Change must come, however, as demand for frictionless digital payment capabilities continues to grow – in the public and, perhaps more importantly, among corporate clients as they look to bring payment capabilities up to the same level as other, non-payment ecosystems.
Commercializing digital payments is another key step because it pushes financial institutions toward change. Commercialization means looking beyond card revenue to returns that can be generated from payment APIs themselves. For example, financial institutions can open their core payment systems to retailers and other third parties through API interfaces, thus allowing those third parties to embed payments into a bank’s own offerings and apps. This would make payments a simple part of a customer’s everyday life, while also driving growth for the financial institution. In fact, merchant innovation in omnichannel retailing, where consumers switch between channels such as mobile, internet and shops to complete a purchase, is driving much of the consumer adoption we see, with retailer apps being currently the most successful of mobile payment methods.
Overnight Cashless Societies
Sometimes, the future comes at you quickly. In India, after a drive toward digitization on their immediate payment service (IMPS), street vendors and taxi services began accepting instant payments – almost overnight. China saw a similar transformation of the economy as QR code-based transaction initiation made it simple and easy to buy anything, anywhere, from anyone.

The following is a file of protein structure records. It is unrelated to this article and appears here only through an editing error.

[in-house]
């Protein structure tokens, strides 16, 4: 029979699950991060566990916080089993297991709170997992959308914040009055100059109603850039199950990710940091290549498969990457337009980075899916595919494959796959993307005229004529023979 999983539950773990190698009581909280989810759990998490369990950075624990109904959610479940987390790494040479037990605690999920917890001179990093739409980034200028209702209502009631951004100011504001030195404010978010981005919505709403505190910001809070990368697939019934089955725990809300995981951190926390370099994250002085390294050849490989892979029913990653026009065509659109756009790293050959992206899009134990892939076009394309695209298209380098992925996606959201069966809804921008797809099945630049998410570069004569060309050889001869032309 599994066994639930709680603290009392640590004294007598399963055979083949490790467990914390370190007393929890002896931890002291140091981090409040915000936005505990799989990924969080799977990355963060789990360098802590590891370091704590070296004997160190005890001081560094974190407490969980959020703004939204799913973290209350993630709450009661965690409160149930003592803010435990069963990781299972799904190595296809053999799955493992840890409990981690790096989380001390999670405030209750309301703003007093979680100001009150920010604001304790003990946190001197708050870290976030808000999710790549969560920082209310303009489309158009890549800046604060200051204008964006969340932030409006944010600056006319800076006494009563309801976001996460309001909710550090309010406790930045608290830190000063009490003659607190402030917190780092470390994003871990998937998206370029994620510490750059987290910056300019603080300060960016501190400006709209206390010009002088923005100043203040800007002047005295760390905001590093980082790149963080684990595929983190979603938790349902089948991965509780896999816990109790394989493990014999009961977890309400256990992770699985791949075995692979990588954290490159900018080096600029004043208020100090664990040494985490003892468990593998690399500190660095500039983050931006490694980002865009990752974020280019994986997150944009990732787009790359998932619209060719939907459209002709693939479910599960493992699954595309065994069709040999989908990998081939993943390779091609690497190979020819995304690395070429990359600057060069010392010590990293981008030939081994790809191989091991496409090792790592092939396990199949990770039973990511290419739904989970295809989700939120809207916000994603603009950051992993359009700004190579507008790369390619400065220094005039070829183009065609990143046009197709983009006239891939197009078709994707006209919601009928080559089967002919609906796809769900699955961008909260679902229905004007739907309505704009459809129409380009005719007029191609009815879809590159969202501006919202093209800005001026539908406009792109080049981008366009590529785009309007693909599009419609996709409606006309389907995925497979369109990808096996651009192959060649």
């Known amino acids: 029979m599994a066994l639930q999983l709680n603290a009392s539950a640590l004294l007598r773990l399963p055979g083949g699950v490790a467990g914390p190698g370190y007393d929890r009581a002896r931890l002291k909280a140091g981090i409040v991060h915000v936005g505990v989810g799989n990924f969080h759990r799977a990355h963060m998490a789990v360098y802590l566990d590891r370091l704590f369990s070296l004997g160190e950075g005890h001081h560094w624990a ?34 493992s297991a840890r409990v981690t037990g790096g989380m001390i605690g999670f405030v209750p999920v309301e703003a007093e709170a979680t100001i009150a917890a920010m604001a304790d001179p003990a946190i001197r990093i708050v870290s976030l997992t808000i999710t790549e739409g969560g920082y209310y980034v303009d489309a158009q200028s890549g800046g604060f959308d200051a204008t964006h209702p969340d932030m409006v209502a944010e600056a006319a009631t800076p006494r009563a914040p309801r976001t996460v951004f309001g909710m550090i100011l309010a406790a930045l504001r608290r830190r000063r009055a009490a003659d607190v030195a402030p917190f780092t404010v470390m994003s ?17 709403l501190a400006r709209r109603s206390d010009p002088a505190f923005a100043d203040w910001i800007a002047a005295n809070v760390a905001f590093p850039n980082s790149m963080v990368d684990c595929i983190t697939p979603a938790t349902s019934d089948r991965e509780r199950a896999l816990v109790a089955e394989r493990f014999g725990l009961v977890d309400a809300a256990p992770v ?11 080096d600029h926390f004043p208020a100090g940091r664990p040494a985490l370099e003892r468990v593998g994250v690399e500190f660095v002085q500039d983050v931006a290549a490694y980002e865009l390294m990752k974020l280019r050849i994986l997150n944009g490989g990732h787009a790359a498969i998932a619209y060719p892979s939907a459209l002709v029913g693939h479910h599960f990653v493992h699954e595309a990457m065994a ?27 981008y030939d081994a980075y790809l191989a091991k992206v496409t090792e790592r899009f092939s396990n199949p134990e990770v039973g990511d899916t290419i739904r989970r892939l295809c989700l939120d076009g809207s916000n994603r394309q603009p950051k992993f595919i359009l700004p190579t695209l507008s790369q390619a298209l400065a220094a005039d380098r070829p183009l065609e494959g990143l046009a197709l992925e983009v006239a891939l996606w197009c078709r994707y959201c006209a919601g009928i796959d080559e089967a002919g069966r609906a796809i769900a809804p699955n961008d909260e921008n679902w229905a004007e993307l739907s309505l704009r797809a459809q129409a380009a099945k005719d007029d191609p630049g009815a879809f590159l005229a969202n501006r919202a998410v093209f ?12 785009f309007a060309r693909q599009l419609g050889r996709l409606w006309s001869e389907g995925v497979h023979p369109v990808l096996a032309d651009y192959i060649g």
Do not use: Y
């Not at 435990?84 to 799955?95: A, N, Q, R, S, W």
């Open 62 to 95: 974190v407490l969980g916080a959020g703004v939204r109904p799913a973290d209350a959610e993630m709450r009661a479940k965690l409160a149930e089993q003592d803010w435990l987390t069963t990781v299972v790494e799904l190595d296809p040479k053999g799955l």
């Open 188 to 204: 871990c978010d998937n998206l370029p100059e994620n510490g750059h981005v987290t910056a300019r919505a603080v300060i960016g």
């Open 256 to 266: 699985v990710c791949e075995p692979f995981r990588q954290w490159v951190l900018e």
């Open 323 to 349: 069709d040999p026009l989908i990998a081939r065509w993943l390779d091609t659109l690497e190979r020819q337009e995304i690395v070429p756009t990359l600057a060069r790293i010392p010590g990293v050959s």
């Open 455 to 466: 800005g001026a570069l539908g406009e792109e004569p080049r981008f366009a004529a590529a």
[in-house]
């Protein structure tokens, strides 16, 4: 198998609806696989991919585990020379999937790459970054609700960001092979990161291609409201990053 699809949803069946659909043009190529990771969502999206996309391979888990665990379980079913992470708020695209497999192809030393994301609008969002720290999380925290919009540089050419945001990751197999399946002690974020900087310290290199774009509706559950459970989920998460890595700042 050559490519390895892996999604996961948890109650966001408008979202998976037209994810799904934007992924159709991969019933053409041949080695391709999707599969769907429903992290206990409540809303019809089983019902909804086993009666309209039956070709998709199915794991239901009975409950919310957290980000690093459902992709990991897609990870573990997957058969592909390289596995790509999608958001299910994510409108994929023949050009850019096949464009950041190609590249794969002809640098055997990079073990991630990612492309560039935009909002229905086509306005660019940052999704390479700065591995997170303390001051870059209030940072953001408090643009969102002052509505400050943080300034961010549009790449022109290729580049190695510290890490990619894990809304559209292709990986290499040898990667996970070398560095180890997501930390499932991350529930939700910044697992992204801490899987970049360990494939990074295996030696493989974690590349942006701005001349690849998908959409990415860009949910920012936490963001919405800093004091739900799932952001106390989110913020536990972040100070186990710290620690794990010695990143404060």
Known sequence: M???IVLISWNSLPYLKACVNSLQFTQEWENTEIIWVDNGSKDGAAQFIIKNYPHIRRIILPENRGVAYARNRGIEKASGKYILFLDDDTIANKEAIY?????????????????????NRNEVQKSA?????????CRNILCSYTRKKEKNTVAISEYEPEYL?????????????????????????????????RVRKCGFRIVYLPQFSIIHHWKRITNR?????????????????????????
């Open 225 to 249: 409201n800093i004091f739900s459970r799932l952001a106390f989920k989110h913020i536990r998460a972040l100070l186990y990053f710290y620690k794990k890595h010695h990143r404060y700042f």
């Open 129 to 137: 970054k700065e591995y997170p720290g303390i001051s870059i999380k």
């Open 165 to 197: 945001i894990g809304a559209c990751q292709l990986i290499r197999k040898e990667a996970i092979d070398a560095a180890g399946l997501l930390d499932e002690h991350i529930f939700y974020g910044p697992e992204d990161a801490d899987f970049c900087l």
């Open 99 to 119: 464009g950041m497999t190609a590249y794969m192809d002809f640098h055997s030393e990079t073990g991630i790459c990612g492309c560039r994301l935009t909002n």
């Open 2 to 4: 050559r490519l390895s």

The overriding aim of digitization across the globe is the move to cashless societies (and check-free in the few regions where they are still prevalent). Asia may be making massive inroads toward the goal, but Sweden recently announced its intention to be cashless by 2020. Such predictions may be overly optimistic, but there is widespread belief that toddlers today may never know what cash is. Of course, the end of checks has been predicted since the 1980s, yet we even see usage rising in the U.S. corporate world, and many reports suggest that millennials are still keen on using cash for smaller purchases.
An Improved Digital Experience
As digital ecosystems grow, both consumers and merchants are demanding payment mechanisms that are open, flexible and relevant to the transactions they want to make. Financial institutions and payment service providers need to adopt a more collaborative approach with Fintech’s so they can incorporate innovations into their offerings to customers.
Fortunately, financial institutions can build on the inherent strengths of the banking system – extensive infrastructure, deep customer relationships, multichannel capabilities, and a strong focus on data security and privacy – as they work to catch up with more disruptive competitors.
The future of digital payments will inevitability be driven by retailer acceptance and innovation, coupled with smartphone prevalence. Working together, those things can produce a world of frictionless payments that can solve everyday problems for all customer segments. Cash and checks will probably be with us longer than many analysts predict, but they will become increasingly marginalized.
Maybe it’s not terrible if physical money stays with us a little longer, however. Just imagine if you won a slot-machine jackpot at a casino. Would it sound as appealing without that avalanche of coins spilling on the floor?
Sometimes, the old ways remain appealing.